My maternal grandfather has been a challenge, partly because I never knew him, and partly because he left a trail of untruths behind.
My quest to know more about my grandfather started with my Mom's knowledge about her father. She did not believe his claim that he was born at sea on his way to Canada, but she had no reason to doubt the other stories handed down by her father. Grandpa went by the name of John Stanhope Bellamy and I was well into my research when Mom happened to mention that he changed his middle name from Samuel to Stanhope because John Samuel sounded too biblical.
The family story was that, as a child, he lived with his father (a mariner) and mother and two sisters in Toronto. The parents were wealthy and owned a lot of real estate in Toronto before losing most of it in the depression. His uncle was Edward Bellamy who wrote the futuristic novel Looking Backward in 1888. He went to Trinity College School, a private school for boys, until he was expelled for cutting down the flag pole.
The only truth in the above paragraph is that my grandfather had two sisters, Edith and Gladys. I have been doing online research since 1997 and I went through many blind alleys looking for Stanhopes, the history of Edward Bellamy, and wealthy people in Toronto before the true John S. Bellamy revealed himself to me. The myths with the actual facts are listed below:
He was born at sea - John Samuel Bellamy was born on September 6, 1884 in the town of Kirton, Lincolnshire, England. His father was John Henry Bellamy, a school master and his mother was Elizabeth Rason. The information has been verified by his birth registration. John Henry Bellamy's father was a mariner, perhaps that is where he got that idea. The census returns from 1901 and 1911 in Canada show that the family emigrated in 1899, when my grandfather was fourteen or fifteen years old.
He had two siblings - He had three siblings including a brother, George Henry Parker Bellamy, who was born April 12, 1881. Edith Mary Bellamy was born on August 3, 1882, and Elizabeth Gladys Bellamy was born on June 2, 1892. All the siblings were born in Kirton. I was able to put the family unit together using the census returns for England and Canada.
His father was a mariner – John Henry Bellamy was a school master when he married Elizabeth Rason, a school mistress on May 27, 1880. He continued in that profession until they emigrated to Canada. John Henry or “Harry” Bellamy worked as a motorman for the Toronto Street Railway until his retirement.
The parents were wealthy – In 1901 the family was living in Etobicoke and Harry was earning $500 per year, an average income at that time. Other occupations in the neighbourhood included bartenders, a brickmaker, a gardener, and a general labourer. In 1911 the family was listed at 550 Gladstone Street which appears to be another working class neighbourhood.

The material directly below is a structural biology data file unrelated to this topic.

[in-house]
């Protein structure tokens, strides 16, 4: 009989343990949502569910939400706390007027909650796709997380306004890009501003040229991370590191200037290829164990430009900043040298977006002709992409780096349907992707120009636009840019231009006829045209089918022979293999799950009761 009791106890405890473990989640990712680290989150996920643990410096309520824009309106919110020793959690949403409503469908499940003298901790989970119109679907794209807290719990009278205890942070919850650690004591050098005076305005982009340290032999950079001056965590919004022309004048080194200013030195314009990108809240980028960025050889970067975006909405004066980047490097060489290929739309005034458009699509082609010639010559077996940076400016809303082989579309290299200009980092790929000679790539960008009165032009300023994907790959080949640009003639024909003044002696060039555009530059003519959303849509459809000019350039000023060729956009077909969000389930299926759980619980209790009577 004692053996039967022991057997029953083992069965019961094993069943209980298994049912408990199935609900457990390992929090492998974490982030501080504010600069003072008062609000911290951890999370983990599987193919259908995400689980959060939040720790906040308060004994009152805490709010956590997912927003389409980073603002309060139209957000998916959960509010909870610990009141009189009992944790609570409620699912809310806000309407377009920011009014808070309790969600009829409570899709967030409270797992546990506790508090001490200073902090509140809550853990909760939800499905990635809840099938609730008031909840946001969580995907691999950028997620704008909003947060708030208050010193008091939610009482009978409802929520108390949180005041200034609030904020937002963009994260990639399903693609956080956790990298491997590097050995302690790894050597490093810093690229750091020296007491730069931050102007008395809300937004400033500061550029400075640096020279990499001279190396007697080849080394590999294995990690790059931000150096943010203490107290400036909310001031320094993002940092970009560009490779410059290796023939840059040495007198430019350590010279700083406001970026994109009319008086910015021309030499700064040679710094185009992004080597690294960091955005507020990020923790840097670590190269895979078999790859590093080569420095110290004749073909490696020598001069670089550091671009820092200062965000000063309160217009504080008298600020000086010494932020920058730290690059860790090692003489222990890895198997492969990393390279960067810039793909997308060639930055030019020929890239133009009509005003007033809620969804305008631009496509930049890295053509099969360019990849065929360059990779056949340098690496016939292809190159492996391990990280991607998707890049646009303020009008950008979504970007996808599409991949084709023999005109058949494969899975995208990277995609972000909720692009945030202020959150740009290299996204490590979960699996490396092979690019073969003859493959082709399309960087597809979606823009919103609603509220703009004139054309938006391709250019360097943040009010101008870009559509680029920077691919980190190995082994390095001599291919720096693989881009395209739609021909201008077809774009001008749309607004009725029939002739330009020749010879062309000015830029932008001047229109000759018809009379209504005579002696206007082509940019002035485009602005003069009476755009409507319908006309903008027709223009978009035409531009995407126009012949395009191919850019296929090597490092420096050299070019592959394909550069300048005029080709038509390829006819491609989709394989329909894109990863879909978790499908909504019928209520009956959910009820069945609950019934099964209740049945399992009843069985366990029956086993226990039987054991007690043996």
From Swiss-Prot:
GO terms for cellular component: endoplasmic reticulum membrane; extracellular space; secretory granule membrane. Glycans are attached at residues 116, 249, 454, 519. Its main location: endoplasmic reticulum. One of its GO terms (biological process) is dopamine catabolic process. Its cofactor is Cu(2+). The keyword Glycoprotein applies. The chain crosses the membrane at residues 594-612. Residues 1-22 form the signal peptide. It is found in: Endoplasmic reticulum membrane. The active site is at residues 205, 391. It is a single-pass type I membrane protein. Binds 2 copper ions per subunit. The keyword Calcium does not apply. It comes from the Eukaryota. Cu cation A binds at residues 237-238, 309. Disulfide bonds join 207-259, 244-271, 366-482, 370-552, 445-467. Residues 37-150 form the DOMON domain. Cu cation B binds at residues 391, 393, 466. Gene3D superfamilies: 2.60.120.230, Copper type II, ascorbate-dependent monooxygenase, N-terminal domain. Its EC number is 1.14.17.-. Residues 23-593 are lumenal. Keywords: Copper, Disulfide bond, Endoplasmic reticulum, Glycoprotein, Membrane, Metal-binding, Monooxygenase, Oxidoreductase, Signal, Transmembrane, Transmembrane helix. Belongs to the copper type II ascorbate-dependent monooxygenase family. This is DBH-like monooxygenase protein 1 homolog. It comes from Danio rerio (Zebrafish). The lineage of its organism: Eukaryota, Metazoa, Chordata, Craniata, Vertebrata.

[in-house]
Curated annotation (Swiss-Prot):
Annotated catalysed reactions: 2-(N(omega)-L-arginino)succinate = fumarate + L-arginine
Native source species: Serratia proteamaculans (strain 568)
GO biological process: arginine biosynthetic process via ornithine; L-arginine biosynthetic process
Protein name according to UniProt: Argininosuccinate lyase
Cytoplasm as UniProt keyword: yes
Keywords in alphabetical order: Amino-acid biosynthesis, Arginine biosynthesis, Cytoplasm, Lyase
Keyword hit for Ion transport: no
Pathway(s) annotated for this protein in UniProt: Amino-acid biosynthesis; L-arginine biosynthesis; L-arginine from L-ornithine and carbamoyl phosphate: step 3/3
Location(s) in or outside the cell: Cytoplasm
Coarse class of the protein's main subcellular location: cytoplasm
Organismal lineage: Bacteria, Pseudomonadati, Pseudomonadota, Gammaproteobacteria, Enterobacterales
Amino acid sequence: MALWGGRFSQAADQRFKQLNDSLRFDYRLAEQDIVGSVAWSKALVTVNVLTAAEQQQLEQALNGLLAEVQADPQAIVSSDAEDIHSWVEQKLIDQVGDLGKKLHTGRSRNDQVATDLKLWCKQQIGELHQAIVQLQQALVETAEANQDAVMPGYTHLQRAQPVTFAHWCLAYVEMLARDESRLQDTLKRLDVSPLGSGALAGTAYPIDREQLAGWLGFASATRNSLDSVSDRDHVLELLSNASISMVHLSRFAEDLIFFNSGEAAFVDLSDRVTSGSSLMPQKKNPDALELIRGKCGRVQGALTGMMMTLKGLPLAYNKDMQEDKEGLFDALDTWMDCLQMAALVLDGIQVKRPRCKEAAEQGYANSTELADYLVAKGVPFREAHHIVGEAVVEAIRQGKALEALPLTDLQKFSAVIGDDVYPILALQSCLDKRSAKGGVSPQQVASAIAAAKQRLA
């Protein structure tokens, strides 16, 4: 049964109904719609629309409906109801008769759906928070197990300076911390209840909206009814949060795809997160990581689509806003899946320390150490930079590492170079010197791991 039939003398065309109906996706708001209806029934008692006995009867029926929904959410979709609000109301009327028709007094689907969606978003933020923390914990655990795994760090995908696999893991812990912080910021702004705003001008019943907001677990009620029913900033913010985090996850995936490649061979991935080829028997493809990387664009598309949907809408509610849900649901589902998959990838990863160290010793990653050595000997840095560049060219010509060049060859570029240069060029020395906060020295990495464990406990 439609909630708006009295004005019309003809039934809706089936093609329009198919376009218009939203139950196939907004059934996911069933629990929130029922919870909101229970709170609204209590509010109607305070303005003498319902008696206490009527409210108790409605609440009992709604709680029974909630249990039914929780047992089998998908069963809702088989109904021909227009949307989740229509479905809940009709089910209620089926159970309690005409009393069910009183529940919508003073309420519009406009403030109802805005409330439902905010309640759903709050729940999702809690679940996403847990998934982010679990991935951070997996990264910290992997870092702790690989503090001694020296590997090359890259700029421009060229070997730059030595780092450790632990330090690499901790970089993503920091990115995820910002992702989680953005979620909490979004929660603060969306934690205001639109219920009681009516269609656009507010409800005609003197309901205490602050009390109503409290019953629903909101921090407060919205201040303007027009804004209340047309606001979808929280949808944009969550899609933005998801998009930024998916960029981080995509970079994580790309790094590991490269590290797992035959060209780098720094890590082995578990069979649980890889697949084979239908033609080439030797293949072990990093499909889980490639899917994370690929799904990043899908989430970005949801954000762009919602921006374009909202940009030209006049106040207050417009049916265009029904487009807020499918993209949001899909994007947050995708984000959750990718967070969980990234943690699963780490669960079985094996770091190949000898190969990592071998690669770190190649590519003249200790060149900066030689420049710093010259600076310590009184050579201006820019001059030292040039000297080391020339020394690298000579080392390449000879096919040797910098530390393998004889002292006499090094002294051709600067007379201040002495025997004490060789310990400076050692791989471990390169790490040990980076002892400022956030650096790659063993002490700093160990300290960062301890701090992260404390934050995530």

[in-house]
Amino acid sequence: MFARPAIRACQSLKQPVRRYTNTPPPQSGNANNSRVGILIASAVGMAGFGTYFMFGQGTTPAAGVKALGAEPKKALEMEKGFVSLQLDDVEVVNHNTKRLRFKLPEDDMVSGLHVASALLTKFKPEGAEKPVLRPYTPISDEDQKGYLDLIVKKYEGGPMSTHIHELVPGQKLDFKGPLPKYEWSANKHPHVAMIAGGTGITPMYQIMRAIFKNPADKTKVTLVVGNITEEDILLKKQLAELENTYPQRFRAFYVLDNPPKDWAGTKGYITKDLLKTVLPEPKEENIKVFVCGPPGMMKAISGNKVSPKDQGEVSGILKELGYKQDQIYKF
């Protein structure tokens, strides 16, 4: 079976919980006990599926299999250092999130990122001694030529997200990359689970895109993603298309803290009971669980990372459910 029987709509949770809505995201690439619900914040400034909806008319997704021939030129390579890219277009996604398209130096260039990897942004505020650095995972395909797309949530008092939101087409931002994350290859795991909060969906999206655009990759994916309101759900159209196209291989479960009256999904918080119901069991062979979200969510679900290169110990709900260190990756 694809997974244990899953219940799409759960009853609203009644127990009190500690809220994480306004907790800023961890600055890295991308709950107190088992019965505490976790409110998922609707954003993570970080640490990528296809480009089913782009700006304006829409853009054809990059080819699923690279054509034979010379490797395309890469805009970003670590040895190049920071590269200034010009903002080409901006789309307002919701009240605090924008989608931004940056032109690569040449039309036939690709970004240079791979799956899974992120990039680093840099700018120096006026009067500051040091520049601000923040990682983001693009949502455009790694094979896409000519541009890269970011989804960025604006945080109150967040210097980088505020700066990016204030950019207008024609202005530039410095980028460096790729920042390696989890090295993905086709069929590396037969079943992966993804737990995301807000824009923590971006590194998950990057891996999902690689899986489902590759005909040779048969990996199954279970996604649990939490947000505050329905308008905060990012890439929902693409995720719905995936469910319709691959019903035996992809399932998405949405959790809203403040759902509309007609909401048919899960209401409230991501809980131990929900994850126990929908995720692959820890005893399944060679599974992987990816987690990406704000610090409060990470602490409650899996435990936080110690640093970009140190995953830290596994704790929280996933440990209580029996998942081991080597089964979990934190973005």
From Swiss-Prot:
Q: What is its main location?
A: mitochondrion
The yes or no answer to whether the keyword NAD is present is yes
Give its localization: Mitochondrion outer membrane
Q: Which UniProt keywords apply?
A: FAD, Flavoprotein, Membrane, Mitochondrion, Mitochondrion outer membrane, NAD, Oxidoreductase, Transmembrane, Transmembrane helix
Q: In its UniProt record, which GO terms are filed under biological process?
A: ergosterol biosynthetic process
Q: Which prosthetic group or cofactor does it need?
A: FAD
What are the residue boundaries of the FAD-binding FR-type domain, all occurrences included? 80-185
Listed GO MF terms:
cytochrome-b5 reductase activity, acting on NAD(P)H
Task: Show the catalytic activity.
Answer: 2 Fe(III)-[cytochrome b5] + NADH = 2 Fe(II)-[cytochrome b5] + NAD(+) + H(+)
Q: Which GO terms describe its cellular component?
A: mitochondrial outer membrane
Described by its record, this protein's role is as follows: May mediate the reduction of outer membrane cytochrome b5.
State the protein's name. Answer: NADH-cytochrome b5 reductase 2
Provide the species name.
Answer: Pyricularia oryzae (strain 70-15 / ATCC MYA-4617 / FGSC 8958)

Uncle Edward Bellamy – I managed to trace the author, Edward Bellamy, who's ancestors came from England to New England many generations before my grandfather was born. I did find that Edward had a first cousin, named Francis Bellamy, who wrote the American Pledge of Allegiance to the Flag. Both Edward and Francis were considered socialists in their time. My grandfather, being a bit of a rebel to conformity, might have felt a kinship to these men.
Trinity College School – The picture of my grandfather as a young man is supposed to be him in front of Trinity College School but I have not found any pictures of the school that look like the building in the picture. In 1999 I sent an email to Cathy McCart, Archivist of Trinity College School, and this was her reply to my query:
I have researched your grandfather's name in our records, unfortunately came up with nothing.
We have files with all the entrance cards with information on incoming students, and their records at the School. These are usually a pretty reliable source of information however there is always the possibility that the card could have been lost or misfiled, although it is unlikely.
I proceeded to go to the list of all students' names who, upon entry to the School are given a number and listed in a large book which begins in 1865 and still records the names of todays students. It is a handwritten list, done by the Headmaster. A copy of this list is also printed in The School On The Hill, a book on the history of TCS. I went through all the names from 1890 through 1910 and came up with nothing.
Neither the Development Office records nor the deceased files had any such name.
My conclusion is that John S. Bellamy, born in 1884, never attended Trinity College School.
Even if your grandfather had been expelled, we would still keep his entrance card and name on the Admission's list.
Grandpa filled out a National Registration form at the time of World War II and when asked for educatation beyond elementary or secondary school, he reported “Business College”.
I sometimes wonder if Grandpa Bellamy is watching me put together the puzzle of his life and laughing at me as I follow the red herrings he has thrown my way. That's okay Grandpa, I have enjoyed the trip.